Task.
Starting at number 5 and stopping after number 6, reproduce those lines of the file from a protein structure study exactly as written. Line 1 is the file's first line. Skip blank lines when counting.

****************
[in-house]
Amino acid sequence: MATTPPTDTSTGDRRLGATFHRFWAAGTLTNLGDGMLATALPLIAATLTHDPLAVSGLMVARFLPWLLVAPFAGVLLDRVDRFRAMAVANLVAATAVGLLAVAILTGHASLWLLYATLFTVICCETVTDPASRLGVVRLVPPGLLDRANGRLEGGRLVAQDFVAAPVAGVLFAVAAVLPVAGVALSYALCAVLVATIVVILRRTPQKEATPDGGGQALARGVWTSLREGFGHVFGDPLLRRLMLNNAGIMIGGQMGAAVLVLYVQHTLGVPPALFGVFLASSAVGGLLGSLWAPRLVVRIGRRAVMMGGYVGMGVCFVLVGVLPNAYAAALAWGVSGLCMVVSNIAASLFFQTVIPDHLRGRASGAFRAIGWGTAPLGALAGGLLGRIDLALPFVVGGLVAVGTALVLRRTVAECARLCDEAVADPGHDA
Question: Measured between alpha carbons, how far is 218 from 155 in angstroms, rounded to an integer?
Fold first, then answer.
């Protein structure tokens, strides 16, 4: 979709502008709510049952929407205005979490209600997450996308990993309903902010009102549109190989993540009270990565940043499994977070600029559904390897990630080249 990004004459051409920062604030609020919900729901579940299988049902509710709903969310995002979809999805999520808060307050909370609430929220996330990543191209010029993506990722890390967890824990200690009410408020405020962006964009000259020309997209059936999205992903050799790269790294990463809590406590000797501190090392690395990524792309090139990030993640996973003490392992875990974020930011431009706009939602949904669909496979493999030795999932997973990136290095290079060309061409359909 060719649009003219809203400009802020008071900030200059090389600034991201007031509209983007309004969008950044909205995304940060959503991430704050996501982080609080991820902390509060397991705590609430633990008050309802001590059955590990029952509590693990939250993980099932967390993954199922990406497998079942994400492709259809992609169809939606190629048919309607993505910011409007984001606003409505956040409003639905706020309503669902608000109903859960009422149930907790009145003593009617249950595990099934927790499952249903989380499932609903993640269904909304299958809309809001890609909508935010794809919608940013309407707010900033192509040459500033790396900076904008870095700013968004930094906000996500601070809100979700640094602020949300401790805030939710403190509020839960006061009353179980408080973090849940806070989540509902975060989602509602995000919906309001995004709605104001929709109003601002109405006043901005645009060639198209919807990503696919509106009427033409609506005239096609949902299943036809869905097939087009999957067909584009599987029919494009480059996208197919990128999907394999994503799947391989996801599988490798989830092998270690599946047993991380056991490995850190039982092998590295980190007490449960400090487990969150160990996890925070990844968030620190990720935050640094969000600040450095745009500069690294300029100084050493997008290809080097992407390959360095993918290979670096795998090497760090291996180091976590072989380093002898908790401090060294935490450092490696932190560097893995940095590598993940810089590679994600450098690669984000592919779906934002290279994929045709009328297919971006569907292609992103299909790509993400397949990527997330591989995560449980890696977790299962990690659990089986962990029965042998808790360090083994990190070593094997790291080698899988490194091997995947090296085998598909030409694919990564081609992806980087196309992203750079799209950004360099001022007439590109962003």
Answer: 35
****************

């Protein structure tokens, strides 16, 4: 979709502008709510049952929407205005979490209600997450996308990993309903902010009102549109190989993540009270990565940043499994977070600029559904390897990630080249 990004004459051409920062604030609020919900729901579940299988049902509710709903969310995002979809999805999520808060307050909370609430929220996330990543191209010029993506990722890390967890824990200690009410408020405020962006964009000259020309997209059936999205992903050799790269790294990463809590406590000797501190090392690395990524792309090139990030993640996973003490392992875990974020930011431009706009939602949904669909496979493999030795999932997973990136290095290079060309061409359909 060719649009003219809203400009802020008071900030200059090389600034991201007031509209983007309004969008950044909205995304940060959503991430704050996501982080609080991820902390509060397991705590609430633990008050309802001590059955590990029952509590693990939250993980099932967390993954199922990406497998079942994400492709259809992609169809939606190629048919309607993505910011409007984001606003409505956040409003639905706020309503669902608000109903859960009422149930907790009145003593009617249950595990099934927790499952249903989380499932609903993640269904909304299958809309809001890609909508935010794809919608940013309407707010900033192509040459500033790396900076904008870095700013968004930094906000996500601070809100979700640094602020949300401790805030939710403190509020839960006061009353179980408080973090849940806070989540509902975060989602509602995000919906309001995004709605104001929709109003601002109405006043901005645009060639198209919807990503696919509106009427033409609506005239096609949902299943036809869905097939087009999957067909584009599987029919494009480059996208197919990128999907394999994503799947391989996801599988490798989830092998270690599946047993991380056991490995850190039982092998590295980190007490449960400090487990969150160990996890925070990844968030620190990720935050640094969000600040450095745009500069690294300029100084050493997008290809080097992407390959360095993918290979670096795998090497760090291996180091976590072989380093002898908790401090060294935490450092490696932190560097893995940095590598993940810089590679994600450098690669984000592919779906934002290279994929045709009328297919971006569907292609992103299909790509993400397949990527997330591989995560449980890696977790299962990690659990089986962990029965042998808790360090083994990190070593094997790291080698899988490194091997995947090296085998598909030409694919990564081609992806980087196309992203750079799209950004360099001022007439590109962003």
Answer: 35